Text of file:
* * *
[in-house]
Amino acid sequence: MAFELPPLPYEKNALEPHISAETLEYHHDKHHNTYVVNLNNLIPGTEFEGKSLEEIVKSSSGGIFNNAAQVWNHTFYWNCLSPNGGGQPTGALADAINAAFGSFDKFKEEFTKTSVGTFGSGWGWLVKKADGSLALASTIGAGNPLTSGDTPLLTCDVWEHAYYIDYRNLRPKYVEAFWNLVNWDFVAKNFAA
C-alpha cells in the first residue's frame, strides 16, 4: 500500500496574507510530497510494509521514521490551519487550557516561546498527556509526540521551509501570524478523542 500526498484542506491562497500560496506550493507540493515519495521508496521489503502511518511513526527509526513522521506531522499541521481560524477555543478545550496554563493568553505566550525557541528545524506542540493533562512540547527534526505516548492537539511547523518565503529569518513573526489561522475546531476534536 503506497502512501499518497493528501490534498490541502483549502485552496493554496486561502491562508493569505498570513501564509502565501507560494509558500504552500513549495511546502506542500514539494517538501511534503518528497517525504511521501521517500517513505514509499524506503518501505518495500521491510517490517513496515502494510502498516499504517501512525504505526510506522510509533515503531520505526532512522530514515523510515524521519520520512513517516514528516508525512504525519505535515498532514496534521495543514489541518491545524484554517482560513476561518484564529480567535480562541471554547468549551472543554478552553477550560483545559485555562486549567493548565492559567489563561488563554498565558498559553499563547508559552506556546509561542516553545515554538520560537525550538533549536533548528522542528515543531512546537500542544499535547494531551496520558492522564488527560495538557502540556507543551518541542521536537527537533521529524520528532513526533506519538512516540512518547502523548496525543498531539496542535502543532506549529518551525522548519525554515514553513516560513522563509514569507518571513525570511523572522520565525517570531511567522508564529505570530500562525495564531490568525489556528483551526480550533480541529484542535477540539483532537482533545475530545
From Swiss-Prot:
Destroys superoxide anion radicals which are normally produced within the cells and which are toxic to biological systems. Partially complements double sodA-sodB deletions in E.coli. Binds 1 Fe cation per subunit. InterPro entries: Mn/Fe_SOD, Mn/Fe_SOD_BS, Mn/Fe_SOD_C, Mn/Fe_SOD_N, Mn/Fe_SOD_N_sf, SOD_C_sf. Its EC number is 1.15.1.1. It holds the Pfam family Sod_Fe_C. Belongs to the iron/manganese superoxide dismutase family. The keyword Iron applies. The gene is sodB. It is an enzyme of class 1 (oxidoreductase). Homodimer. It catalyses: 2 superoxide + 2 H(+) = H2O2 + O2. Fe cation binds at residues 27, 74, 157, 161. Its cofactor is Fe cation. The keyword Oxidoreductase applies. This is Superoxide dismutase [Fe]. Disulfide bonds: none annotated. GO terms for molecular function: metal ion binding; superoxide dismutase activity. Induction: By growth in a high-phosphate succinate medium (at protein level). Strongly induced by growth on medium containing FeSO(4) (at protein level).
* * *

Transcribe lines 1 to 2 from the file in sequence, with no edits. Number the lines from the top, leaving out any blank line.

[in-house]
Amino acid sequence: MAFELPPLPYEKNALEPHISAETLEYHHDKHHNTYVVNLNNLIPGTEFEGKSLEEIVKSSSGGIFNNAAQVWNHTFYWNCLSPNGGGQPTGALADAINAAFGSFDKFKEEFTKTSVGTFGSGWGWLVKKADGSLALASTIGAGNPLTSGDTPLLTCDVWEHAYYIDYRNLRPKYVEAFWNLVNWDFVAKNFAA